The Lesser Silver Water Beetle - Hydrochara caraboides
Survey and habitats in North West England
The Lesser Silver Water Beetle (Hydrochara caraboides) appeared in Cheshire in the 1990s but does not appear to have colonised ponds in Greater Manchester, Lancashire or North Merseyside. It is a legally protected animal which was hitherto confined to sites in southern England. As it can fly it is capable of finding most wetlands although it may be found prospecting a new habitat this does not mean that the place in which it is found should automatically be considered its breeding site (e.g. In Northwich it visited a translocated marshy pond habitat but it did not colonise it). It favours "late succession ponds" and ditches or more properly stable old ponds and ditches with a fluctuating water level. A tendency to acidity is not so important as for the Mud Snail but these two rare species are sometimes found together. New ponds are avoided. There is also a strong association between the occurrence of the beetle and Great Crested Newts. The beetle requires warm, open ponds, with up to knee deep open water adjacent floating mats or rafts of vegetation. It avoids ponds with any sort of fish and also avoids very shaded ponds. The beetle's prey animals include molluscs, particularly those with wide apertures and small invertebrates.
The Lesser Silver Water Beetle makes egg cocoons using folded leaves and their own silk - Forget-me-not, Bittersweet, Greater Reedmace and also Crack Willow leaves have been used. The leaf is folded into the shape of a pyramid, of which one face is silken and white. A silk mast extends upwards from the apex. The cocoon is about the size of a sugar lump. One to five cocoons are typically found in May in breeding ponds in quiet areas of the pond, floating on the water-surface. This is the time when non-specialist ecological consultancies send out their trainee ecologists to go crashing about in ponds setting and removing bottle traps up to 6 times, netting the pond just looking for newts, and squelching around up to 6 times at night doing torchlight newt surveys. This seems like good way of destroying egg-cocoons and removing evidence of the species. Your ecological survey is compromised.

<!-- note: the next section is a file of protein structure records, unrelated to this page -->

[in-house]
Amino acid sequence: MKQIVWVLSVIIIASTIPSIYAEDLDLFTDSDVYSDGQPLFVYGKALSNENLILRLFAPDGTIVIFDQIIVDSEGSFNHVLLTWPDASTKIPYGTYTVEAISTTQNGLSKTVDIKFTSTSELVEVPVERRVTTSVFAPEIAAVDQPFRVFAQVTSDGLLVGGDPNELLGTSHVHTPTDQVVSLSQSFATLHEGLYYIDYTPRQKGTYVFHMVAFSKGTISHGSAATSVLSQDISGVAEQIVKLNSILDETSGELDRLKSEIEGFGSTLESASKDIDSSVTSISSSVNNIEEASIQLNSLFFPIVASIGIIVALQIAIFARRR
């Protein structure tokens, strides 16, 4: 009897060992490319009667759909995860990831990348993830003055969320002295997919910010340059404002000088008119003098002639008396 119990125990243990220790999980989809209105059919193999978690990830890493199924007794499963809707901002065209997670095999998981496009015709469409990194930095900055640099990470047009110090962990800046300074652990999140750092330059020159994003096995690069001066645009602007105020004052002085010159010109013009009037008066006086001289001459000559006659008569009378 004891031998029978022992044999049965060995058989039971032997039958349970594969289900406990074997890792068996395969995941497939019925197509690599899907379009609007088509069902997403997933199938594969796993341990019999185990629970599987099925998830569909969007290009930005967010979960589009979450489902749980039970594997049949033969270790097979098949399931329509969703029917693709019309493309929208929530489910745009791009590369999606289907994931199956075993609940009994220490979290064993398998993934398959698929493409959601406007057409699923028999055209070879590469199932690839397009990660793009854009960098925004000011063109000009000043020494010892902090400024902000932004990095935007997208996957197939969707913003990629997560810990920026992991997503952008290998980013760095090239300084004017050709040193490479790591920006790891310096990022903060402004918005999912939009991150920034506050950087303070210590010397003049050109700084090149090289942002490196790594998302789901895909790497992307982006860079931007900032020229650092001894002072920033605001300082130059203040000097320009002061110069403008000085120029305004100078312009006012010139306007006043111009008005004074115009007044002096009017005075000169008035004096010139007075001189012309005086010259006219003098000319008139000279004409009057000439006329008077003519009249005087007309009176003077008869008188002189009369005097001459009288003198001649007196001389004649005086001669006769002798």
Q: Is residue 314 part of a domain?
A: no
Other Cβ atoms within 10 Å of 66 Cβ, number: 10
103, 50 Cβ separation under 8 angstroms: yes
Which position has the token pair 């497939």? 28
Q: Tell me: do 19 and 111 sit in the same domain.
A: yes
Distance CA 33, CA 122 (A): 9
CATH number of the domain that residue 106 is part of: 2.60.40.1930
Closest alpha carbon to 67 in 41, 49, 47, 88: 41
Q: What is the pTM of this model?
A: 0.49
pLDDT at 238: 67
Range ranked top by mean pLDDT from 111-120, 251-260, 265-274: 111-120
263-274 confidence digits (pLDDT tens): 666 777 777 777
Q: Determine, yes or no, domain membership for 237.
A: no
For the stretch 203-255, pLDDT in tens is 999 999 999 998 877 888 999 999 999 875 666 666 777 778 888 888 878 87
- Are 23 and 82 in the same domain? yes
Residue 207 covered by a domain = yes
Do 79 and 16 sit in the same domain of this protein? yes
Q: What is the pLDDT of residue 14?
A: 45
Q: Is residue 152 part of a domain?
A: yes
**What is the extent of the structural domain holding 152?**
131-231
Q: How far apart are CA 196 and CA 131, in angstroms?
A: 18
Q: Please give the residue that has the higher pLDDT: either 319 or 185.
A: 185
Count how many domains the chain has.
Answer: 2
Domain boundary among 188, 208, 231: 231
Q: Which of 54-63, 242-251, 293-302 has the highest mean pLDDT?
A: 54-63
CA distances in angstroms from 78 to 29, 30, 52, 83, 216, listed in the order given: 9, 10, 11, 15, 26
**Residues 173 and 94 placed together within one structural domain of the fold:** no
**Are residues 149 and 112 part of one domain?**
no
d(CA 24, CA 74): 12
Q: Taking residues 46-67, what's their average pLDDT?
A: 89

Other survey methods which have turned up Lesser Silver Water Beetles are netting for adults, torchlight surveys and bottle-trapping finding adults, and netting and sieving for beetle larvae. The adult beetle itself can easily be confused with other black beetles of a similar size whilst the larvae resemble a myriad of other larvae and groups. The cocoons look like any other bit of pond vegetation. Finding Lesser Silver Water Beetles is a skilled task and declaring the beetle as absent from a particular pond can only be done by a fully experienced wetland ecologist who works with all aquatic invertebrate species and who understands the growth and decay of individual plant species.
Lesser Silver Water Beetle Lesser Silver Water Beetle Cocoon (preserved) Cocoon against Alisma leaf
The Lesser Silver Water Beetle has fairly exacting habitat requirements and hence can be driven out by inappropriate pond management. At two ponds surveyed by Dave Bentley they have departed due to a change in the grazing regime, one pond being stripped by horses and another being churned from a fen to a muddy pool by young cattle.
Single visit surveys are generally carried out by Dave Bentley Ecology Services as part of a general Pond Biodiversity Survey.
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Text and images copyright of Dave Bentley 2007 & 2011. Banner panorama photo H Groth-Andersen 2006.